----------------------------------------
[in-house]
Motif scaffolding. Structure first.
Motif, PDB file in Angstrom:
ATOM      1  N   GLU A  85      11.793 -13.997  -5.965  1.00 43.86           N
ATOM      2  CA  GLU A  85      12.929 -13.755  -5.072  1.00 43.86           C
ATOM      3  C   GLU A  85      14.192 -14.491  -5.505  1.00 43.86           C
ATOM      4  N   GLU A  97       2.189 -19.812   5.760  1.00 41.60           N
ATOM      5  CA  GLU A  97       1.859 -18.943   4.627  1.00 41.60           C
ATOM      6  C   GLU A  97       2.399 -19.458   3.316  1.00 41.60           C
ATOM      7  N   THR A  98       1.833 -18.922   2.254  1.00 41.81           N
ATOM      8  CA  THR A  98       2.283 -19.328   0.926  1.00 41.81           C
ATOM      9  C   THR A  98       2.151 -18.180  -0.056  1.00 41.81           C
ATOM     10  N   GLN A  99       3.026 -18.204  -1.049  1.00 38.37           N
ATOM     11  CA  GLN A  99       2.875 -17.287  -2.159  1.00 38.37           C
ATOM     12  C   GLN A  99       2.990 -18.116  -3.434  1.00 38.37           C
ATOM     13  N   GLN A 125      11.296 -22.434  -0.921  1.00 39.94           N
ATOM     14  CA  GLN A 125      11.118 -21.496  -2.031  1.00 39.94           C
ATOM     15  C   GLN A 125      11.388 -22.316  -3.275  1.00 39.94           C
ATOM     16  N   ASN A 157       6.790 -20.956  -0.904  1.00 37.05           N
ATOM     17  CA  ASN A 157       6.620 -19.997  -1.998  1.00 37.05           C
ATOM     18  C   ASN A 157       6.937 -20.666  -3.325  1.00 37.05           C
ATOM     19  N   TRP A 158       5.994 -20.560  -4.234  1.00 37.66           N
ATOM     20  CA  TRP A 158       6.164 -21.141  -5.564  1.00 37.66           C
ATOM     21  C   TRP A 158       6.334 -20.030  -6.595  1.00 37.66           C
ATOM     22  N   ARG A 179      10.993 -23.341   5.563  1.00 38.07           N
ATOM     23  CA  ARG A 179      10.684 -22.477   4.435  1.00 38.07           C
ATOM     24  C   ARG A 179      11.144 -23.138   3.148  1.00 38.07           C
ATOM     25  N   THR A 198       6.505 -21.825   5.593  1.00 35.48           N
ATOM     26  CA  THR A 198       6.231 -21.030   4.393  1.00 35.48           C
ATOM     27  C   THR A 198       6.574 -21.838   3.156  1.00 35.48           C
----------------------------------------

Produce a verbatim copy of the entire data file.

[in-house]
Motif scaffolding. Structure first.
Motif, PDB file in Angstrom:
ATOM      1  N   GLU A  85      11.793 -13.997  -5.965  1.00 43.86           N
ATOM      2  CA  GLU A  85      12.929 -13.755  -5.072  1.00 43.86           C
ATOM      3  C   GLU A  85      14.192 -14.491  -5.505  1.00 43.86           C
ATOM      4  N   GLU A  97       2.189 -19.812   5.760  1.00 41.60           N
ATOM      5  CA  GLU A  97       1.859 -18.943   4.627  1.00 41.60           C
ATOM      6  C   GLU A  97       2.399 -19.458   3.316  1.00 41.60           C
ATOM      7  N   THR A  98       1.833 -18.922   2.254  1.00 41.81           N
ATOM      8  CA  THR A  98       2.283 -19.328   0.926  1.00 41.81           C
ATOM      9  C   THR A  98       2.151 -18.180  -0.056  1.00 41.81           C
ATOM     10  N   GLN A  99       3.026 -18.204  -1.049  1.00 38.37           N
ATOM     11  CA  GLN A  99       2.875 -17.287  -2.159  1.00 38.37           C
ATOM     12  C   GLN A  99       2.990 -18.116  -3.434  1.00 38.37           C
ATOM     13  N   GLN A 125      11.296 -22.434  -0.921  1.00 39.94           N
ATOM     14  CA  GLN A 125      11.118 -21.496  -2.031  1.00 39.94           C
ATOM     15  C   GLN A 125      11.388 -22.316  -3.275  1.00 39.94           C
ATOM     16  N   ASN A 157       6.790 -20.956  -0.904  1.00 37.05           N
ATOM     17  CA  ASN A 157       6.620 -19.997  -1.998  1.00 37.05           C
ATOM     18  C   ASN A 157       6.937 -20.666  -3.325  1.00 37.05           C
ATOM     19  N   TRP A 158       5.994 -20.560  -4.234  1.00 37.66           N
ATOM     20  CA  TRP A 158       6.164 -21.141  -5.564  1.00 37.66           C
ATOM     21  C   TRP A 158       6.334 -20.030  -6.595  1.00 37.66           C
ATOM     22  N   ARG A 179      10.993 -23.341   5.563  1.00 38.07           N
ATOM     23  CA  ARG A 179      10.684 -22.477   4.435  1.00 38.07           C
ATOM     24  C   ARG A 179      11.144 -23.138   3.148  1.00 38.07           C
ATOM     25  N   THR A 198       6.505 -21.825   5.593  1.00 35.48           N
ATOM     26  CA  THR A 198       6.231 -21.030   4.393  1.00 35.48           C
ATOM     27  C   THR A 198       6.574 -21.838   3.156  1.00 35.48           C